The cultists. Lovecraft always talked about cultists, and they are a huge part of the Mythos — there could be cultists of the elder gods, such as Cthulhu, or of smaller beings, such as The Yellow King. In the case of True Detective, they are cultists of The Yellow King. In the show, it happens to be one family that is intertwined with itself, and we see at the end a potential dimensional rift on the family’s land. Does this lead to Lost Carcosa, the kingdom of The Yellow King, or is it a hallucination of Rust? Has Rust been hallucinating the spirals that the birds made and other images that we see in the show, or is it all true? I believe that it’s all true, that underneath the seeming hallucinations, that something is going on — that they are inhabiting a full-on Lovecraftian tale. Others may argue with me, but based on everything I’ve read, this is how I see it.

True Detective, Season 1, is a wonderful introduction to weird speculative fiction for the general populace who has not been exposed to it yet. This is my life, this is what I have read and devoured for a long time, and it’s part of the lens I see the world through. We will have to see what Season 2 brings us — a whole new mystery, perhaps just as weird. I look forward to it.

I forgot to mention that True Detective is also based on the true crime pulp fiction stories in various pulp magazines, and in particular the magazine by the same title that was first published in 1924.


Game of Tears

Game of Thrones, or a Song of Ice and Fire, as the series is actually titled, is my favorite fantasy series of all time. (And I”ve read quite a few.) I was ecstatic when I heard they were making it into a tv show, and on HBO no less! I knew that HBO would be able to do it justice, if only because of what they can show, and their production values/budget. That said, for the most part, I’ve been happy with it, but, as a fan of the books, I have numerous issues with the show, and I’m that person who says “but that wasn’t in the book!”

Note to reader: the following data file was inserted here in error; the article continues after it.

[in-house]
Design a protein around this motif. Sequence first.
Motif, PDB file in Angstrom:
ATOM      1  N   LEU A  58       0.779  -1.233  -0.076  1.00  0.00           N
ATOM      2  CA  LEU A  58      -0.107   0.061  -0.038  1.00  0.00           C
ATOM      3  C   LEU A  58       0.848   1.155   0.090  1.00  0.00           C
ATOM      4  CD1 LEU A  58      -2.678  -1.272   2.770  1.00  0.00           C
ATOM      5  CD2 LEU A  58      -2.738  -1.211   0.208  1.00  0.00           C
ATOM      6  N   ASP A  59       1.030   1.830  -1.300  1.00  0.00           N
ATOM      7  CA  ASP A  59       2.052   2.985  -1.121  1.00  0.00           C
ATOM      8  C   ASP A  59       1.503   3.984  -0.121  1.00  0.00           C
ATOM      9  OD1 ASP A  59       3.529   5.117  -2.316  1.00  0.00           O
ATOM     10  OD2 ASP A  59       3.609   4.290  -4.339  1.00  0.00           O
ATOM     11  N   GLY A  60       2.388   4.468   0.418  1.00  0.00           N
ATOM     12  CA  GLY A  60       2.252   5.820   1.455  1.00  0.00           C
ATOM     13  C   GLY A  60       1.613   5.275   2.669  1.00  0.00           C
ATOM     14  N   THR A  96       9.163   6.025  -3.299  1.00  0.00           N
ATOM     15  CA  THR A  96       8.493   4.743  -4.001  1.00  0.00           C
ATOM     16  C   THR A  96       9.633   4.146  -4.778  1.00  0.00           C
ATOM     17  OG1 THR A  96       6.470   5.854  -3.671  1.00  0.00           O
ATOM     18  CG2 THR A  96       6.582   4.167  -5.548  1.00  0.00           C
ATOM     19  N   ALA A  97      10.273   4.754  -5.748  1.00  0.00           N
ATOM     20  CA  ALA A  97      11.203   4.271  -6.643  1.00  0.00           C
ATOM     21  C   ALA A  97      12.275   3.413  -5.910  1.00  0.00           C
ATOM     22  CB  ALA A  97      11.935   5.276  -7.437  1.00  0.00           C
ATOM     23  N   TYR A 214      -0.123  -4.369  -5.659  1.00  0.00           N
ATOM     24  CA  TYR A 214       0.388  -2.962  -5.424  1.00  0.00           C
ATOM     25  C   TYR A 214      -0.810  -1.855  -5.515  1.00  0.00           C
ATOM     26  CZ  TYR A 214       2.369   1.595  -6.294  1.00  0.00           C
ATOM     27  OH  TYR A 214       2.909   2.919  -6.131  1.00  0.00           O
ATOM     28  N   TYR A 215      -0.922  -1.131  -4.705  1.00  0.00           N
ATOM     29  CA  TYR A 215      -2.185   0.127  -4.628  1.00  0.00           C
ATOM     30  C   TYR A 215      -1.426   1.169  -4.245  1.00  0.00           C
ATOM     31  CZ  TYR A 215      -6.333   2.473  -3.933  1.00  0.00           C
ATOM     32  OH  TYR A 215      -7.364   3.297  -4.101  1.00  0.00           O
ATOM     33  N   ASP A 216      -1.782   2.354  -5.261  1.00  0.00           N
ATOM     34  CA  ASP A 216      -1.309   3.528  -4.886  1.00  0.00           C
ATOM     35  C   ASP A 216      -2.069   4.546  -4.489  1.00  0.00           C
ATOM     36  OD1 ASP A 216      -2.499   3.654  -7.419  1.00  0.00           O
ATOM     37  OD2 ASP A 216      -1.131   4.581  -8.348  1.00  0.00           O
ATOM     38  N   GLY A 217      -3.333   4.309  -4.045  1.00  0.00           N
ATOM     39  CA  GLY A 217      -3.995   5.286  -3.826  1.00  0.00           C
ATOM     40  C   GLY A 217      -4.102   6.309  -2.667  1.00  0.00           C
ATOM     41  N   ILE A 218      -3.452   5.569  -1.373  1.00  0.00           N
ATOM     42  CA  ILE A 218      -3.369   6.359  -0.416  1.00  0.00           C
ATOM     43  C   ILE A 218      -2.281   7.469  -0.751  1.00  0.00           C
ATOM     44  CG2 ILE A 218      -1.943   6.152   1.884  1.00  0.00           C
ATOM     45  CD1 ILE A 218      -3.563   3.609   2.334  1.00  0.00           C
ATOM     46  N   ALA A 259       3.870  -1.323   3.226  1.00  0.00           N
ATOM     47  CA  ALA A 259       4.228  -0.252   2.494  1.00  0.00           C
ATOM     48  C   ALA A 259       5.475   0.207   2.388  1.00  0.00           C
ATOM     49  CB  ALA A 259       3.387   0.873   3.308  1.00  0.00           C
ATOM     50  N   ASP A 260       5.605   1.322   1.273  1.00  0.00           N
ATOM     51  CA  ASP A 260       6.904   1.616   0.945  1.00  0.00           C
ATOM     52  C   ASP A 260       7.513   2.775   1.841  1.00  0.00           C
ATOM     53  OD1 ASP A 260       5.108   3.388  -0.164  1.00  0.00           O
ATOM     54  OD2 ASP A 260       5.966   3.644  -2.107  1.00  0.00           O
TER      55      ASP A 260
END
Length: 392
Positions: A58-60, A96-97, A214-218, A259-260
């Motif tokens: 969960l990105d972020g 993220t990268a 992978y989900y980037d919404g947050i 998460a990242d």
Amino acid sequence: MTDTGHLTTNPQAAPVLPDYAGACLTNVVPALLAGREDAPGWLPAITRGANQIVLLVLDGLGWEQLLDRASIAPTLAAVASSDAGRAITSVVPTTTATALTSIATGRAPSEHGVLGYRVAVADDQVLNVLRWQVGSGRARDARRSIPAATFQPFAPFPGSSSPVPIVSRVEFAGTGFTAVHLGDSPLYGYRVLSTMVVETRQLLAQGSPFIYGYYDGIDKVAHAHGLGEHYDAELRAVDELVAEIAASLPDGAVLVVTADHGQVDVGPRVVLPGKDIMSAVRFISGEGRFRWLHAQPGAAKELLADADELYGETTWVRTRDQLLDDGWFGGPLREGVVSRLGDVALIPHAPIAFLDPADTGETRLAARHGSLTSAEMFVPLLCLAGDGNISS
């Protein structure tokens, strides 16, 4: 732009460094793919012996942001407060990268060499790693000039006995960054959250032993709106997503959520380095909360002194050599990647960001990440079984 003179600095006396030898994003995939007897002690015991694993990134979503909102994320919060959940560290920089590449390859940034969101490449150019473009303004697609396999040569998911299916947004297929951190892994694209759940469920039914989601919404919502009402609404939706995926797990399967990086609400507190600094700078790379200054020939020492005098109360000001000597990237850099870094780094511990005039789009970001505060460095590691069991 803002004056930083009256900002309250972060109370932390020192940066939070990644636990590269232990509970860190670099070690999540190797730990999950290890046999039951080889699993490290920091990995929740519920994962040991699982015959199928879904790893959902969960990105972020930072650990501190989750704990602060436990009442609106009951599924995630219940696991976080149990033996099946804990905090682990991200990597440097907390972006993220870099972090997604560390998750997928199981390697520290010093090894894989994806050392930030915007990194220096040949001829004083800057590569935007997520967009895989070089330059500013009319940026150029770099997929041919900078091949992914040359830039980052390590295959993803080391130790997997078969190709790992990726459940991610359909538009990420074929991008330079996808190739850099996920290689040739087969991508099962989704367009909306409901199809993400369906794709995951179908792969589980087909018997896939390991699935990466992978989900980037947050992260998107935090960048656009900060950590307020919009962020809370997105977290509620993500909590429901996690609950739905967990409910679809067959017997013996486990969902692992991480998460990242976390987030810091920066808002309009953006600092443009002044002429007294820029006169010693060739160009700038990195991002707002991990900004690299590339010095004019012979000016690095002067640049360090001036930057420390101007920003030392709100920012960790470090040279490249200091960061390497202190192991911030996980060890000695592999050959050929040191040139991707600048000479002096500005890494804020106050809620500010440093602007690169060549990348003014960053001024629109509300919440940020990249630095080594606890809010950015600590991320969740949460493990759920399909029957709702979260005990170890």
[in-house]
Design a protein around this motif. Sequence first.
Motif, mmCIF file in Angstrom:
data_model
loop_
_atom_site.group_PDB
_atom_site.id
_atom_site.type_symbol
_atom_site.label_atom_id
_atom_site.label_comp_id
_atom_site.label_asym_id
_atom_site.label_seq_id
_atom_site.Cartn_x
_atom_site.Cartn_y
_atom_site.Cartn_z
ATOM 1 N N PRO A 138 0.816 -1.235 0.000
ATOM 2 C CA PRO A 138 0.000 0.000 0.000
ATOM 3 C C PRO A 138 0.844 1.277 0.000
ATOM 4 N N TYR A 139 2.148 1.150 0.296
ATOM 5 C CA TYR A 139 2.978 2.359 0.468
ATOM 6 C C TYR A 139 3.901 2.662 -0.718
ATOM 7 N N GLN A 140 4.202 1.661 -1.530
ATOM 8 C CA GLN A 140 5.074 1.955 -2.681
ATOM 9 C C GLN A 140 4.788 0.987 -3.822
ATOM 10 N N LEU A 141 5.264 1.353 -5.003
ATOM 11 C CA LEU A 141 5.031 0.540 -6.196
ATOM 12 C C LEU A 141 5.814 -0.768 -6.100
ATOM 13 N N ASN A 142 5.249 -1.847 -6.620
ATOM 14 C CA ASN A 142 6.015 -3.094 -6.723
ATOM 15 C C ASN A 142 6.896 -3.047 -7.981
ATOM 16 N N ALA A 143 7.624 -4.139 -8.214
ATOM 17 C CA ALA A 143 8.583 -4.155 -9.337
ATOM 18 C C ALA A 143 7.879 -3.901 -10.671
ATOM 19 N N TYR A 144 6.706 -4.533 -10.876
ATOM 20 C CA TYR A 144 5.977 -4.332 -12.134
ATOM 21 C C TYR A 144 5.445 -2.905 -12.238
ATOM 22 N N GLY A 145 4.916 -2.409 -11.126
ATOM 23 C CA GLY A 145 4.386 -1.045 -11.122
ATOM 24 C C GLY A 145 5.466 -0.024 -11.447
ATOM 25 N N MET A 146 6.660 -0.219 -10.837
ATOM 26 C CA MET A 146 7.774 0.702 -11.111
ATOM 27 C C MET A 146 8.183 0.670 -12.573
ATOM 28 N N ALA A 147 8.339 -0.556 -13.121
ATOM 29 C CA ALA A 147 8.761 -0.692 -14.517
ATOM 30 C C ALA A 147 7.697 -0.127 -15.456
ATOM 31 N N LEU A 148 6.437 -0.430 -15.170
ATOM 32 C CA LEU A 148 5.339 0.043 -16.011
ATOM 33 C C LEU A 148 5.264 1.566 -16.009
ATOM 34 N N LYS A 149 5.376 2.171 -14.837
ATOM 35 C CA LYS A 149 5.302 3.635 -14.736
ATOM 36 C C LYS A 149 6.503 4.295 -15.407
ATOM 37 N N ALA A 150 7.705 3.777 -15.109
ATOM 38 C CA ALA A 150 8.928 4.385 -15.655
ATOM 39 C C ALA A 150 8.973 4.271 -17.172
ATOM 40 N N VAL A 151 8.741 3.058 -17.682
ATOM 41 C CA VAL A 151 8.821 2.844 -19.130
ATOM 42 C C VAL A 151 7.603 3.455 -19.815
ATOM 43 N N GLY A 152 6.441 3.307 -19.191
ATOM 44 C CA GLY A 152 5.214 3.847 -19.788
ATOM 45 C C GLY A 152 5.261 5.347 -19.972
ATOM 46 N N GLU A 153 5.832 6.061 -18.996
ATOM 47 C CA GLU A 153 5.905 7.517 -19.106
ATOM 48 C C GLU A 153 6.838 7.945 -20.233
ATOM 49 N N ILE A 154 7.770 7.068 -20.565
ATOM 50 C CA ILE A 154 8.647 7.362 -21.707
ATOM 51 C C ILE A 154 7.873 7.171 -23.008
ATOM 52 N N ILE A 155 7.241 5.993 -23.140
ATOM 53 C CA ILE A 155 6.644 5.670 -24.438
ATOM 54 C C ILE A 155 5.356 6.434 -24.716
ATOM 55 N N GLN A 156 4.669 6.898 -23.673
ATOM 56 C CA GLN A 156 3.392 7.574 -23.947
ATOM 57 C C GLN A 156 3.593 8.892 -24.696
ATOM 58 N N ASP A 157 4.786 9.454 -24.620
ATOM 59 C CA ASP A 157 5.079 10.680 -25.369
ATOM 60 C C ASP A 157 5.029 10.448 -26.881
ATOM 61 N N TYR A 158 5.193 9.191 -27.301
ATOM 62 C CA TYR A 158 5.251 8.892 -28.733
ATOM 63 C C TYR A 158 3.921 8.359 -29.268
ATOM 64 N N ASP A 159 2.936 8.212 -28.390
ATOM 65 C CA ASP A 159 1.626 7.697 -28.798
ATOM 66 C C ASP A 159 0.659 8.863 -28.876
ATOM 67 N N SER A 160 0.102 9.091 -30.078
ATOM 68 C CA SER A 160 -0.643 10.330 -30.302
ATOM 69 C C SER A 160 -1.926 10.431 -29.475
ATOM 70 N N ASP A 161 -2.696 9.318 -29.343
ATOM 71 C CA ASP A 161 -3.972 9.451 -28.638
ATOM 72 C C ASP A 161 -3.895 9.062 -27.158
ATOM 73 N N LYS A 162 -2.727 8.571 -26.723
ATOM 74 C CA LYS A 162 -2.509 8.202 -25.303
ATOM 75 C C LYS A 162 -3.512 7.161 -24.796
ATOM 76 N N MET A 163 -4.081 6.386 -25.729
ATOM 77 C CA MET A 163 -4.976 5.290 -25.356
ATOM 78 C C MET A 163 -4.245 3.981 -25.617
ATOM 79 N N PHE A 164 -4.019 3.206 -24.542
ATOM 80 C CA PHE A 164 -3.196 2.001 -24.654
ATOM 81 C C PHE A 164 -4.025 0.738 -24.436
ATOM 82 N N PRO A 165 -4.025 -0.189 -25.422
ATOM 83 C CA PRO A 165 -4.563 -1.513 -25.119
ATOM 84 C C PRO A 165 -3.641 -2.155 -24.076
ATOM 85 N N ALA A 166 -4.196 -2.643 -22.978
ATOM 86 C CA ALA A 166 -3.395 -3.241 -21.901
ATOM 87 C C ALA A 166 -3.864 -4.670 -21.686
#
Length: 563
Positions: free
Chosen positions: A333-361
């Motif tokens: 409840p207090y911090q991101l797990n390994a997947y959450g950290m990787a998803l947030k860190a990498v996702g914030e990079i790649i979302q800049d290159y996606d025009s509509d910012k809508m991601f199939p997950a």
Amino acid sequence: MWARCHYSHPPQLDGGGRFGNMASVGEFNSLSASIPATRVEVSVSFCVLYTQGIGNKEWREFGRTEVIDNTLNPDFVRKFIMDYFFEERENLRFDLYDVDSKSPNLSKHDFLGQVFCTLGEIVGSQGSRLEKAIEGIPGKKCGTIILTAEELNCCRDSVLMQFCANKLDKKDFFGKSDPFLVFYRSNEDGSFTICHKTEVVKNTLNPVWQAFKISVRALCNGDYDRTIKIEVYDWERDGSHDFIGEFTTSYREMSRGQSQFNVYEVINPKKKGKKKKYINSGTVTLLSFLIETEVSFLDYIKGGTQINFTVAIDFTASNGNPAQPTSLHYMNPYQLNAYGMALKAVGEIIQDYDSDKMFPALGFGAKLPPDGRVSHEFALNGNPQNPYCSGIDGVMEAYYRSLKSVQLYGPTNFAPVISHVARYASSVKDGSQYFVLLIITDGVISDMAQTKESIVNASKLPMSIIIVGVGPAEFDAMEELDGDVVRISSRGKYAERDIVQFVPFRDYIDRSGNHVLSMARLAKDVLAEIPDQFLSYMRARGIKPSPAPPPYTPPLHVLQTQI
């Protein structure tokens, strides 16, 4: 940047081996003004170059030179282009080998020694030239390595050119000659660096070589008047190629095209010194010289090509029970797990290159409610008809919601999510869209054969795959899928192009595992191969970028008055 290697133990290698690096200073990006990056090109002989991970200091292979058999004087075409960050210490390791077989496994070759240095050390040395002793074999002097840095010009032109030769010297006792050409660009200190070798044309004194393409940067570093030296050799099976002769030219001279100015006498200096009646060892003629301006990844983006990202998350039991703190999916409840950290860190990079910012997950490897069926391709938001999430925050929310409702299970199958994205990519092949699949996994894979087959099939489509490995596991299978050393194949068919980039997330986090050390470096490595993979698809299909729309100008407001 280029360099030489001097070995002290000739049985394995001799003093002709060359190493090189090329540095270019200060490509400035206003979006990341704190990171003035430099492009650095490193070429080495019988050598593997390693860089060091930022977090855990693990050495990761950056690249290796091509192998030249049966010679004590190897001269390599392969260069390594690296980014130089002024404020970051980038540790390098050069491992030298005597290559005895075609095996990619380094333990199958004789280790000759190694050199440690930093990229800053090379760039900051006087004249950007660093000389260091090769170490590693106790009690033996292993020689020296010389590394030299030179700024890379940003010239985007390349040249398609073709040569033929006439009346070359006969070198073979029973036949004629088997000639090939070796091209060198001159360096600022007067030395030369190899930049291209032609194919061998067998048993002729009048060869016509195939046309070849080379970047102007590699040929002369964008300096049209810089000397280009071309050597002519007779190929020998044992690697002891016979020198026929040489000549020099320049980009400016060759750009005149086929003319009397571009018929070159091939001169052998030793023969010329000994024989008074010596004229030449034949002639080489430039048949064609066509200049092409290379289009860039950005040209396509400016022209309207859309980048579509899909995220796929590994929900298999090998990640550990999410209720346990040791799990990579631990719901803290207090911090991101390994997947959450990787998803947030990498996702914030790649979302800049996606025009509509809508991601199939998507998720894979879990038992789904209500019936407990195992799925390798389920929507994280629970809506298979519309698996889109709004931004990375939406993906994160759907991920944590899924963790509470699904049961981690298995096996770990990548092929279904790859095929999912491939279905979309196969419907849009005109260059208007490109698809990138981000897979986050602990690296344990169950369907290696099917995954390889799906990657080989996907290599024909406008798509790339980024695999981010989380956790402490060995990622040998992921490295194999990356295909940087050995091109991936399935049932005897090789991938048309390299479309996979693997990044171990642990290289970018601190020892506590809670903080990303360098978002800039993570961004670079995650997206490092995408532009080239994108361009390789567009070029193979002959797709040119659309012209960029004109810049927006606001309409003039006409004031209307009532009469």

I will admit to being forever annoyed by those who have not read the books and are all of sudden “huge fans.” Bitch, please. I read this shit way back when I was 16. (I’m 30 now, and proud of it!) Anyway, for the most part I could handle the annoyance and the ignorance and some of the things that the show’s writers “messed up.” Until now…

The episode “Breaker of Chains” sparked a lot of what I like to call “kerfluffle” — namely, controversy — over the scene between Jaime and Cersei in the Sept. Everybody, and I mean everybody, from my friends to the well known blog AV Club to well, the entire internet, it seems, agree that Jaime raped Cersei. Except me. I have yet to read a blog or article or comments that state the contrary. So I’m writing one. I feel very strongly about this.

I also want to point out and make abundantly clear that I in no way condone rape or think rape is ok. It’s not. Rape is a horrible, horrible thing. And having been raped by an ex-boyfriend, I know how horrible, fucked up, and damaging it can be.

So, back to Jaime and Cersei. In the books, Jaime is one of my all time favorite characters, and Cersei is the character I love to hate. What’s interesting, is that I really didn’t like Jaime until oh, about half-way through Storm of Swords, when Vargo Hoat (Locke in the show, on how I miss lisping Vargo Hoat – another favorite of mine,) cuts off Jaime’s hand. This changes his character entirely, and he becomes way more honorable — he saves Brienne and is, well, brought down a notch. I love it when characters change, and when they change for the better, and in complicated ways.